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On April 8, 2020, New Jersey Governor Phil Murphy signed Executive Order No. 122 (“Order 122”) requiring certain businesses that are permitted to remain open (as set forth in his prior Executive Order 107, about which we wrote about here, and other prior Orders) take specific steps to protect employees and customers from COVID-19, and directing the cessation of all non-essential construction projects.  Three days later, on April 11, 2020, Gov. Murphy signed Executive Order No. 125 (“Order 125”) requiring NJ Transit and private bus and rail companies to limit rider capacity ...

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UPDATE: On August 10, 2020, the NJDOL formally adopted the temporary rule without change.

On March 20, 2020, New Jersey Governor Phil Murphy signed legislation (“Law”) prohibiting employers from taking any adverse employment action against employees who take, or request, time off due to an infectious disease that could affect others at work based on a written recommendation of a New Jersey licensed medical professional.  The Law, which we summarized in a previous article, became effective upon enactment.

On April 1, the New Jersey Department of Labor and Workforce Development ...

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[Updated on April 29, 2020]

On March 25, 2020, by signing legislative bill S2304 into law, Governor Philip Murphy expanded the availability of benefits under the state’s Temporary Disability Insurance (“TDI”) and Family Leave Insurance (“FLI”) programs to employees impacted by epidemic-related illnesses such as COVID-19.  The new law (“Law”) provides numerous key changes to the existing statutory scheme for state-issued disability insurance benefits, family leave insurance benefits, and use of accrued paid sick time.

Expanded Permissible Uses for Earned ...

Blogs
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On Saturday, March 21, 2020, New Jersey Governor Phil Murphy signed two Executive Orders to bring state-wide consistency to the mandated restrictions and closures arising from the COVID pandemic. The first, Executive Order 107 (Order 107) requires all nonessential New Jersey private businesses and nonprofits to close to the public (with certain exceptions), details restrictions and guidelines for those that are not required to close, and requires residents to stay at home unless they are engaging in excepted conduct.  Order 107 supersedes and increases the prior restrictions ...

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On March 20, 2020, New Jersey Governor Phil Murphy signed legislation (A3848), which bars employers from taking any adverse employment actions against employees who take, or request, time off due to an infectious disease that could affect others at work based on a written recommendation of a New Jersey licensed medical professional.   It also precludes an employer from refusing to reinstate the employee to the position held when the leave commenced with no reduction in seniority, status, employment benefits, pay or other terms and conditions of employment.  Although ...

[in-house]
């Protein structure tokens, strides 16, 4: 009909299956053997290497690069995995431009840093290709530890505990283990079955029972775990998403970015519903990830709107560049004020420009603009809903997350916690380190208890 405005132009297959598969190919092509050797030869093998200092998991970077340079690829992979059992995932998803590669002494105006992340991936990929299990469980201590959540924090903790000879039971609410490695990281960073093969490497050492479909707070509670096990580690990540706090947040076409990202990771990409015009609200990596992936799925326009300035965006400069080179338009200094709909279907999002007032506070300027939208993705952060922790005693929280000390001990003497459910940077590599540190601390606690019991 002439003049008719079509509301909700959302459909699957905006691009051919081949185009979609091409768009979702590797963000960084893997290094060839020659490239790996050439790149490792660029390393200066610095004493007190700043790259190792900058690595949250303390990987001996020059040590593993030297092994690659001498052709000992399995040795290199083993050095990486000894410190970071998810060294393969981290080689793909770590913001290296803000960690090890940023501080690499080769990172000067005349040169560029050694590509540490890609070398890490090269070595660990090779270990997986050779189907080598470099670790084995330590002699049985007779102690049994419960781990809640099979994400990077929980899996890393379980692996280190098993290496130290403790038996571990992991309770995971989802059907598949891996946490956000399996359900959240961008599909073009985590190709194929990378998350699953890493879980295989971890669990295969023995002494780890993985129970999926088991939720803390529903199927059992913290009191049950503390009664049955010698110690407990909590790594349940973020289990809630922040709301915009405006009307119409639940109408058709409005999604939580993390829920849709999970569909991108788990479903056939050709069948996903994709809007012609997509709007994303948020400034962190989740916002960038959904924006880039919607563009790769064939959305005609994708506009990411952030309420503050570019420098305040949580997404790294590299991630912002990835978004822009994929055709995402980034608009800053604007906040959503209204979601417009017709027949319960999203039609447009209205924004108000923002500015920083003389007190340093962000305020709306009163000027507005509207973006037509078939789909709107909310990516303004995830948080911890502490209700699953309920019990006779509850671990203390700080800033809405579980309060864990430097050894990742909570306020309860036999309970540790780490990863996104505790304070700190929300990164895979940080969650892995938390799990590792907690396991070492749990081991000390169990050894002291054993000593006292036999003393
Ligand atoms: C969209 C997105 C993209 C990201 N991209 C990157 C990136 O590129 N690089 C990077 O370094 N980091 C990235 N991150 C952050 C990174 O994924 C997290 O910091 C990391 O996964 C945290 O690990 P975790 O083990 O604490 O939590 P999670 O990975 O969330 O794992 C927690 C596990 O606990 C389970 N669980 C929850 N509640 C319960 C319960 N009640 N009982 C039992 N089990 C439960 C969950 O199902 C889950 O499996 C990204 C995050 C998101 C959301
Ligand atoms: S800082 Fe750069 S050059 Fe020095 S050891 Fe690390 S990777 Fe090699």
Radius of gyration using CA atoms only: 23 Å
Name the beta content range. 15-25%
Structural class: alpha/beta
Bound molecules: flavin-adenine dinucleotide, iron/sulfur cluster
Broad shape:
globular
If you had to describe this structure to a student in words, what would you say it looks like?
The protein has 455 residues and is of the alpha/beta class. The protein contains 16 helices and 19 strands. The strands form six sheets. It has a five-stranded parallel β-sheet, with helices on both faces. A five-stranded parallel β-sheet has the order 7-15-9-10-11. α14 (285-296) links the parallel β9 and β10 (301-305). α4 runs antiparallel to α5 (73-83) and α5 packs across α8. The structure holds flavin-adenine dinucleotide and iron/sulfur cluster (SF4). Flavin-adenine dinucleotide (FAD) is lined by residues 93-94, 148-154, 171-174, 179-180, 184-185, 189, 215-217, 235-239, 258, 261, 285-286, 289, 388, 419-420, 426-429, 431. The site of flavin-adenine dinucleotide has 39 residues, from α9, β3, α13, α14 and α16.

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On March 10, 2020 the New Jersey Supreme Court ruled that under the New Jersey Law Against Discrimination (“LAD”), employees who legally use cannabis as permitted by the state’s Compassionate Use of Cannabis of Medical Marijuana Act[i] (“Compassionate Use Act”) may not be fired because they use medical cannabis and that such employees are entitled to reasonable accommodation. In a brief opinion, the Court substantially adopted the Appellate Division’s reasoning in Wild v. Carriage House Funeral Holdings, Inc., about which we previously wrote.

Wild was employed by ...

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On December 1, 2019, New Jersey’s Child Victim’s Act went into effect.  This new law opens a two-year “revival” period for individuals to assert civil claims of child abuse and to file claims against institutions and individuals, even if those claims had already expired and/or were dismissed because they were filed late.  Additionally, the new law also expands the statute of limitations for victims to bring claims of child sexual abuse to age 55 or until seven years from the time that an alleged victim became aware of his/her injury, whichever comes later.  Unlike other ...

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This Employment Law This Week® Monthly Rundown discusses the most important developments for employers in August 2019.

This episode includes:

  • Increased Employee Protections for Cannabis Users
  • First Opinion Letters Released Under New Wage and Hour Leadership
  • New Jersey and Illinois Enact Salary History Inquiry Bans
  • Deadline for New York State Anti-Harassment Training Approaches
  • Tip of the Week

See below to watch the full episode – click here for story details and video.

We invite you to view Employment Law This Week® – tracking the latest developments that could ...

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Our colleagues Maxine NeuhauserNathaniel M. GlasserDenise Dadika, & Anastasia A. Regne

Following is an excerpt:

In Wild, which we discussed in a recent client alert, plaintiff Justin Wild (“Wild”) alleged that his employer, Carriage Funeral Holdings (“Carriage ...

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This Employment Law This Week® Monthly Rundown discusses the most important developments for employers in July 2019. Both the video and the extended audio podcast are now available.

This episode includes:

  • State Legislation Heats Up
  • NLRB Overturns Another Long-Standing Precedent
  • SCOTUS October Term 2018 Wraps Up
  • Tip of the Week: How inclusion and trust can increase innovation in the workplace